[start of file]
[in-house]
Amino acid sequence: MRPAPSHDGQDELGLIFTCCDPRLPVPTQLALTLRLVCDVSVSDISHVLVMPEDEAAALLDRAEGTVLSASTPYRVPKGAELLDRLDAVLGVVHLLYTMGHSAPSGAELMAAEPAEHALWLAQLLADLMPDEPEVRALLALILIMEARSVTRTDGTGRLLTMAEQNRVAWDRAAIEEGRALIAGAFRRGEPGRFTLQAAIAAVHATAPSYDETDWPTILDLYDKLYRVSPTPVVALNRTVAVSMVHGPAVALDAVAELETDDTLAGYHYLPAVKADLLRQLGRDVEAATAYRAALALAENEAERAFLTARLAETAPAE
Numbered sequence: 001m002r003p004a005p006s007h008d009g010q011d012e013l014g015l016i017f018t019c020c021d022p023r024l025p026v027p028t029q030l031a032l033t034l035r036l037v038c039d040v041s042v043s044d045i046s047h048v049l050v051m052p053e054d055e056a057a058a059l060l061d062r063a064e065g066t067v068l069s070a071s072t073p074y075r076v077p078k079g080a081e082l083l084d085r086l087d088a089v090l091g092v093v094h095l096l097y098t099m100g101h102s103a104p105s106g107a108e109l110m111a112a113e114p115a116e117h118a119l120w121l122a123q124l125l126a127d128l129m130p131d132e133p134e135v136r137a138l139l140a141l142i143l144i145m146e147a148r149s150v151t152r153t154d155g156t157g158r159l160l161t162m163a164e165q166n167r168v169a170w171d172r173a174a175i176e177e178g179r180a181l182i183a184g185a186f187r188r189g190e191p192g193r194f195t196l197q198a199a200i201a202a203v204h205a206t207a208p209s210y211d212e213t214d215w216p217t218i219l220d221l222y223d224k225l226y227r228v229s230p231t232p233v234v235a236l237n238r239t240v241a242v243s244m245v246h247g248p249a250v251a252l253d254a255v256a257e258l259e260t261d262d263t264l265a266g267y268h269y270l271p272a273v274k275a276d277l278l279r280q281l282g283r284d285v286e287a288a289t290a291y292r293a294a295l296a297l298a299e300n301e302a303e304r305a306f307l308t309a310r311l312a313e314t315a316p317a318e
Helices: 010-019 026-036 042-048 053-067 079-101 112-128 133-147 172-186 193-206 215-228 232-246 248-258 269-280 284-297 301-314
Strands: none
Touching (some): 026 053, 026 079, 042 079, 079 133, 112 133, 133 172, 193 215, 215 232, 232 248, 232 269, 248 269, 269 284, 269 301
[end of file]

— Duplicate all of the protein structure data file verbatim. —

[in-house]
Amino acid sequence: MRPAPSHDGQDELGLIFTCCDPRLPVPTQLALTLRLVCDVSVSDISHVLVMPEDEAAALLDRAEGTVLSASTPYRVPKGAELLDRLDAVLGVVHLLYTMGHSAPSGAELMAAEPAEHALWLAQLLADLMPDEPEVRALLALILIMEARSVTRTDGTGRLLTMAEQNRVAWDRAAIEEGRALIAGAFRRGEPGRFTLQAAIAAVHATAPSYDETDWPTILDLYDKLYRVSPTPVVALNRTVAVSMVHGPAVALDAVAELETDDTLAGYHYLPAVKADLLRQLGRDVEAATAYRAALALAENEAERAFLTARLAETAPAE
Numbered sequence: 001m002r003p004a005p006s007h008d009g010q011d012e013l014g015l016i017f018t019c020c021d022p023r024l025p026v027p028t029q030l031a032l033t034l035r036l037v038c039d040v041s042v043s044d045i046s047h048v049l050v051m052p053e054d055e056a057a058a059l060l061d062r063a064e065g066t067v068l069s070a071s072t073p074y075r076v077p078k079g080a081e082l083l084d085r086l087d088a089v090l091g092v093v094h095l096l097y098t099m100g101h102s103a104p105s106g107a108e109l110m111a112a113e114p115a116e117h118a119l120w121l122a123q124l125l126a127d128l129m130p131d132e133p134e135v136r137a138l139l140a141l142i143l144i145m146e147a148r149s150v151t152r153t154d155g156t157g158r159l160l161t162m163a164e165q166n167r168v169a170w171d172r173a174a175i176e177e178g179r180a181l182i183a184g185a186f187r188r189g190e191p192g193r194f195t196l197q198a199a200i201a202a203v204h205a206t207a208p209s210y211d212e213t214d215w216p217t218i219l220d221l222y223d224k225l226y227r228v229s230p231t232p233v234v235a236l237n238r239t240v241a242v243s244m245v246h247g248p249a250v251a252l253d254a255v256a257e258l259e260t261d262d263t264l265a266g267y268h269y270l271p272a273v274k275a276d277l278l279r280q281l282g283r284d285v286e287a288a289t290a291y292r293a294a295l296a297l298a299e300n301e302a303e304r305a306f307l308t309a310r311l312a313e314t315a316p317a318e
Helices: 010-019 026-036 042-048 053-067 079-101 112-128 133-147 172-186 193-206 215-228 232-246 248-258 269-280 284-297 301-314
Strands: none
Touching (some): 026 053, 026 079, 042 079, 079 133, 112 133, 133 172, 193 215, 215 232, 232 248, 232 269, 248 269, 269 284, 269 301